The All Weather Fund … uses a so-called “risk parity” strategy that is supposed to make money for investors if bonds or stocks sell off, though not simultaneously. It is a popular investment option for many pension funds and has been marketed by Bridgewater and Wall Street banks as way to hedge market turmoil.

But money managers familiar with the strategy said it does not perform when both stock and bond prices tumble, as global markets have experienced in recent weeks.

That article was referring to the Bridgewater strategy, but the rationale for the drop applies to all the funds listed above.

Qualitatively: The Fed’s policies have connected stocks and bonds in an unusual manner

The Fed’s policies since 2009 (low interest rates and bond buying) have served to drive investment to stocks in two ways:

  1. Low bond interest rates force investors to look to stocks and risky fixed income assets for reasonable return.
  2. Low interest rates enable investors to borrow money to buy more stocks and risky bonds than they might buy otherwise.

This combination of factors has contributed significantly to the bull market since 2009. Now, if and when interest rates rise these connections will trigger a steep decline across stock and bond assets as follows:

  1. Higher interest rates on new bonds will trigger price drops on existing bonds.
  2. New bonds will become more attractive, spurring rotation out of stocks.
  3. As borrowing costs rise, investors will have to unwind (sell) their positions in stocks and risky fixed income positions.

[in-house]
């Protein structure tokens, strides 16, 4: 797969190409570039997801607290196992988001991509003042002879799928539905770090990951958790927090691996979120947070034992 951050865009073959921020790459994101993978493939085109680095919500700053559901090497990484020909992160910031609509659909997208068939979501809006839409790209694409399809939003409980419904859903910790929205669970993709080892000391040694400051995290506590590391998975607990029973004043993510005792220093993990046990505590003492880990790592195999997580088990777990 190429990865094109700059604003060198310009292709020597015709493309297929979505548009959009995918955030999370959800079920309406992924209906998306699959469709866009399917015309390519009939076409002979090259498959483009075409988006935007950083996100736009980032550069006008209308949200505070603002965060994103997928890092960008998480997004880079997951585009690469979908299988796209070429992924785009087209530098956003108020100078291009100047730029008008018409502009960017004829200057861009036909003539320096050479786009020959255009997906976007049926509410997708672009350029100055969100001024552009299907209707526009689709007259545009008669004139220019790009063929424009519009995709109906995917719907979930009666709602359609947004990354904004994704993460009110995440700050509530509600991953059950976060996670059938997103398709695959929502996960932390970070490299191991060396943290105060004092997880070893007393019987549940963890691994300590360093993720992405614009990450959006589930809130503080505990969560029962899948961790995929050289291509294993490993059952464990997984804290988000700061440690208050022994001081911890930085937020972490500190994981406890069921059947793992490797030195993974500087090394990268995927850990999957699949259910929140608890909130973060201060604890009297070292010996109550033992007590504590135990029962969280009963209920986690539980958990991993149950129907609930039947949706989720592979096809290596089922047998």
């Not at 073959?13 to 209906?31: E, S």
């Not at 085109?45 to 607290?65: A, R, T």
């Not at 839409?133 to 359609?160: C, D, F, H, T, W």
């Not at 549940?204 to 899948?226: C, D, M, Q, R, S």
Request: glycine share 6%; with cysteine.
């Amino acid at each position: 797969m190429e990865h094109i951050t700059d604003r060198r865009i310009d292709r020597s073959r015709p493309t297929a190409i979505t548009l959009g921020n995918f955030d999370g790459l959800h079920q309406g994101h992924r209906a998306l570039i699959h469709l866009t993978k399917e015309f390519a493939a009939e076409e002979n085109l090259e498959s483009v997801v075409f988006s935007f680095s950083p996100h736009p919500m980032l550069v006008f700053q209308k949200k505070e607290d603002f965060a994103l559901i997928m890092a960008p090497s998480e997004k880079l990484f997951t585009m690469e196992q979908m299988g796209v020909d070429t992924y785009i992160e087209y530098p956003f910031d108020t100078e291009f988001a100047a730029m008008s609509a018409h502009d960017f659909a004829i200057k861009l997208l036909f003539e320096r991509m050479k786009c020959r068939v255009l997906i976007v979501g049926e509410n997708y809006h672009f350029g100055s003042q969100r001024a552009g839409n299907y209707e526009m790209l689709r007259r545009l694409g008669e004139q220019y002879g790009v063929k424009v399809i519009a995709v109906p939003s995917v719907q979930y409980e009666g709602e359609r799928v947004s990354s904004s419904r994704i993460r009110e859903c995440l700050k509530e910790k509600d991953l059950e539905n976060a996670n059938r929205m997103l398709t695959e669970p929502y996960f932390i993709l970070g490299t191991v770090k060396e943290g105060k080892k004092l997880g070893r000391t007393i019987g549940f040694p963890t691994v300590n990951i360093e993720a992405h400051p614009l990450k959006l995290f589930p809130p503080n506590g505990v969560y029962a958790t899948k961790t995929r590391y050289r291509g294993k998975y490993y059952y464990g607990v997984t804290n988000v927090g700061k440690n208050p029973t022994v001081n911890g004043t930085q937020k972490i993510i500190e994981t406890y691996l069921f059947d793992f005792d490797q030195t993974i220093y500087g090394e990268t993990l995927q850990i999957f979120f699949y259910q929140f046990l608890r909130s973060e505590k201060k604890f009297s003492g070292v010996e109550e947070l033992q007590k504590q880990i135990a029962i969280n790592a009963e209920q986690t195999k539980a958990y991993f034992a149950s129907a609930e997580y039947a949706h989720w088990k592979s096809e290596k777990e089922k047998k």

Those 3 factors taken together result in a simultaneous drop in bond and stock prices. We saw in May and June that the mere suggestion that the Fed might tighten money policy triggers this process. From an AP article:

Last month (June) stocks plunged after Bernanke said the Fed could slow the bond purchases later this year and end them next year if the economy strengthens. Since them, Bernanke and other Fed members have stressed that any change in policy depends on improvement in the job market and economy, not a target date. That has helped push stocks to new highs.

Outlook: We are between market regimes, bumps ahead

From 2009 until now stock and bond market interactions have been defined by the aggressive policies of the Fed, including at first low interest rates, then QE1, QE2, and QE3. Some people call this regime the “Bernanke Boom.” To some extent bond and stock prices have been decoupled because the Fed suggested that their easing policies will continue “for the foreseeable future.”

But we seem to be in transition now. The end of QE3 is concretely on the horizon. It seems that news (or even rumor) of Fed policy change will drive stock and bond prices more significantly than any other factor. Actual changes in policy are certainly ahead so we will see more market responses like the May/June dip in the future as they take effect.

Expect this relationship t0 continue until the Fed halts QE3 and takes a first step to raise interest rates. After that we’ll return to a more traditional market regime. Until then expect volatility in bonds and stocks.

Well managed asset allocation funds can still provide solid returns if their assets are chosen carefully. But as long as bond and stock returns are correlated their returns will be more volatile than usual.  It is worthwhile now to consider other sorts of strategies for low vol / consistent return.

In any case, even with the current volatility, for many investors asset allocation is still the best game in town. Asset allocation strategies have strong track records through many tough historical periods and I expect that record to continue.  However, until the Fed’s policy changes concretely, fund managers will have to think carefully about the instruments they use.